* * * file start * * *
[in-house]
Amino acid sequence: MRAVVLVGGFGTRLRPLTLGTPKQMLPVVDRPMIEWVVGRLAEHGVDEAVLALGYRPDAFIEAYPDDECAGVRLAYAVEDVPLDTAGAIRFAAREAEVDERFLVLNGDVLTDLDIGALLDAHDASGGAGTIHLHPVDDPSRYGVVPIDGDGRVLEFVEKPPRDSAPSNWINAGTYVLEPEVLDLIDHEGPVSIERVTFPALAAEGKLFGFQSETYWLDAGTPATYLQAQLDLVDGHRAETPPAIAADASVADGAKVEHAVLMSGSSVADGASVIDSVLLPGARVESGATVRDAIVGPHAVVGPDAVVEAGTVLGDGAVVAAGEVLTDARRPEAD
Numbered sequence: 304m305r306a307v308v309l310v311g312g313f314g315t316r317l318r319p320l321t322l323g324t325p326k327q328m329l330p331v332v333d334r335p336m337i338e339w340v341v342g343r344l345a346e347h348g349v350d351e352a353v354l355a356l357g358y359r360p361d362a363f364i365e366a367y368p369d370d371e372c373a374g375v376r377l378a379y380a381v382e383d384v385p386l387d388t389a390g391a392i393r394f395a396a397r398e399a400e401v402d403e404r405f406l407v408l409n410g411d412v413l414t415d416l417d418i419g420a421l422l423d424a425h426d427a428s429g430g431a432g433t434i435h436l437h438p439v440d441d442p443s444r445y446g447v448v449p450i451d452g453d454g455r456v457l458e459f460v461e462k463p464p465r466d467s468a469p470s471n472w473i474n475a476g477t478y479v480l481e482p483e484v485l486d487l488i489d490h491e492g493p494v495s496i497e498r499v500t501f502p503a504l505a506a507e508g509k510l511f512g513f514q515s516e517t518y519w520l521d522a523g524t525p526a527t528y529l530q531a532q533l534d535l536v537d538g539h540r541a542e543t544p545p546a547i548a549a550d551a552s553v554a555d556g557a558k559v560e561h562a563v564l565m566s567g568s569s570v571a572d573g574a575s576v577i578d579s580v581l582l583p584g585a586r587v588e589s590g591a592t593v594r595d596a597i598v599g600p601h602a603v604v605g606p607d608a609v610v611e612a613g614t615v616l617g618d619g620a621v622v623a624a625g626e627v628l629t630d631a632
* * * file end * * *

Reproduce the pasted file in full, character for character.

[in-house]
Amino acid sequence: MRAVVLVGGFGTRLRPLTLGTPKQMLPVVDRPMIEWVVGRLAEHGVDEAVLALGYRPDAFIEAYPDDECAGVRLAYAVEDVPLDTAGAIRFAAREAEVDERFLVLNGDVLTDLDIGALLDAHDASGGAGTIHLHPVDDPSRYGVVPIDGDGRVLEFVEKPPRDSAPSNWINAGTYVLEPEVLDLIDHEGPVSIERVTFPALAAEGKLFGFQSETYWLDAGTPATYLQAQLDLVDGHRAETPPAIAADASVADGAKVEHAVLMSGSSVADGASVIDSVLLPGARVESGATVRDAIVGPHAVVGPDAVVEAGTVLGDGAVVAAGEVLTDARRPEAD
Numbered sequence: 304m305r306a307v308v309l310v311g312g313f314g315t316r317l318r319p320l321t322l323g324t325p326k327q328m329l330p331v332v333d334r335p336m337i338e339w340v341v342g343r344l345a346e347h348g349v350d351e352a353v354l355a356l357g358y359r360p361d362a363f364i365e366a367y368p369d370d371e372c373a374g375v376r377l378a379y380a381v382e383d384v385p386l387d388t389a390g391a392i393r394f395a396a397r398e399a400e401v402d403e404r405f406l407v408l409n410g411d412v413l414t415d416l417d418i419g420a421l422l423d424a425h426d427a428s429g430g431a432g433t434i435h436l437h438p439v440d441d442p443s444r445y446g447v448v449p450i451d452g453d454g455r456v457l458e459f460v461e462k463p464p465r466d467s468a469p470s471n472w473i474n475a476g477t478y479v480l481e482p483e484v485l486d487l488i489d490h491e492g493p494v495s496i497e498r499v500t501f502p503a504l505a506a507e508g509k510l511f512g513f514q515s516e517t518y519w520l521d522a523g524t525p526a527t528y529l530q531a532q533l534d535l536v537d538g539h540r541a542e543t544p545p546a547i548a549a550d551a552s553v554a555d556g557a558k559v560e561h562a563v564l565m566s567g568s569s570v571a572d573g574a575s576v577i578d579s580v581l582l583p584g585a586r587v588e589s590g591a592t593v594r595d596a597i598v599g600p601h602a603v604v605g606p607d608a609v610v611e612a613g614t615v616l617g618d619g620a621v622v623a624a625g626e627v628l629t630d631a632